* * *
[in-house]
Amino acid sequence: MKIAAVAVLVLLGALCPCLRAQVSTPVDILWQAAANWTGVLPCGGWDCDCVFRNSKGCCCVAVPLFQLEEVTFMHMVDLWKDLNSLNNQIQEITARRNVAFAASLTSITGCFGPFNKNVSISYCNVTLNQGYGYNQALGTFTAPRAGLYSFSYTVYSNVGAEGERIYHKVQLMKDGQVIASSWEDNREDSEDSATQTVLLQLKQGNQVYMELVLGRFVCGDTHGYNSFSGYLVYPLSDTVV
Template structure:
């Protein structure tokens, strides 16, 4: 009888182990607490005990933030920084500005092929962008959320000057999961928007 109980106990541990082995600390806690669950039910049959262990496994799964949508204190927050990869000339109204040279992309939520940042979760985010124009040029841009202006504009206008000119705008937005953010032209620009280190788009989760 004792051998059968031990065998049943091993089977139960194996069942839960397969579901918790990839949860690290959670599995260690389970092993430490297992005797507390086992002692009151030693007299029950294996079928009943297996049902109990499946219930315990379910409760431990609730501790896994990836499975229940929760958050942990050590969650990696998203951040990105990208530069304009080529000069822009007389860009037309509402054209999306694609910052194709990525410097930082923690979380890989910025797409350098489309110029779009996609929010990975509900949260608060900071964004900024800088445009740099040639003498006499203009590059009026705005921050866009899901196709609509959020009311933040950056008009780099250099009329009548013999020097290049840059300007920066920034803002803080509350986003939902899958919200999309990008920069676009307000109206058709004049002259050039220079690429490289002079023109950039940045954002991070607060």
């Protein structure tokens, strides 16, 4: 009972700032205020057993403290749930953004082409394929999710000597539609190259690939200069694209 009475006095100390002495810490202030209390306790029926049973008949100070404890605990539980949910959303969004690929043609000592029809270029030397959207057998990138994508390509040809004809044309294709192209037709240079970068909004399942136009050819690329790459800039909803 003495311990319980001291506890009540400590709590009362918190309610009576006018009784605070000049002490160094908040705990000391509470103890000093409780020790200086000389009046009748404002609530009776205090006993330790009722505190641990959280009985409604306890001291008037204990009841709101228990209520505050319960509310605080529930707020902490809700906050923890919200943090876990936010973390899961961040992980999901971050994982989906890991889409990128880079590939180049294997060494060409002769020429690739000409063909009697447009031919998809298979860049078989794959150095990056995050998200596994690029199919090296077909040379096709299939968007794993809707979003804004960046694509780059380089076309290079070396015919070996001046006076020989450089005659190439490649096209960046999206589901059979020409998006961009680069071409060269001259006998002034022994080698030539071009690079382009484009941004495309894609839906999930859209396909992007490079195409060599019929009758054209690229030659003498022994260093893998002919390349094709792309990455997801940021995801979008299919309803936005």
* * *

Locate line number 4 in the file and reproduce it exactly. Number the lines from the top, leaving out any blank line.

């Protein structure tokens, strides 16, 4: 009888182990607490005990933030920084500005092929962008959320000057999961928007 109980106990541990082995600390806690669950039910049959262990496994799964949508204190927050990869000339109204040279992309939520940042979760985010124009040029841009202006504009206008000119705008937005953010032209620009280190788009989760 004792051998059968031990065998049943091993089977139960194996069942839960397969579901918790990839949860690290959670599995260690389970092993430490297992005797507390086992002692009151030693007299029950294996079928009943297996049902109990499946219930315990379910409760431990609730501790896994990836499975229940929760958050942990050590969650990696998203951040990105990208530069304009080529000069822009007389860009037309509402054209999306694609910052194709990525410097930082923690979380890989910025797409350098489309110029779009996609929010990975509900949260608060900071964004900024800088445009740099040639003498006499203009590059009026705005921050866009899901196709609509959020009311933040950056008009780099250099009329009548013999020097290049840059300007920066920034803002803080509350986003939902899958919200999309990008920069676009307000109206058709004049002259050039220079690429490289002079023109950039940045954002991070607060």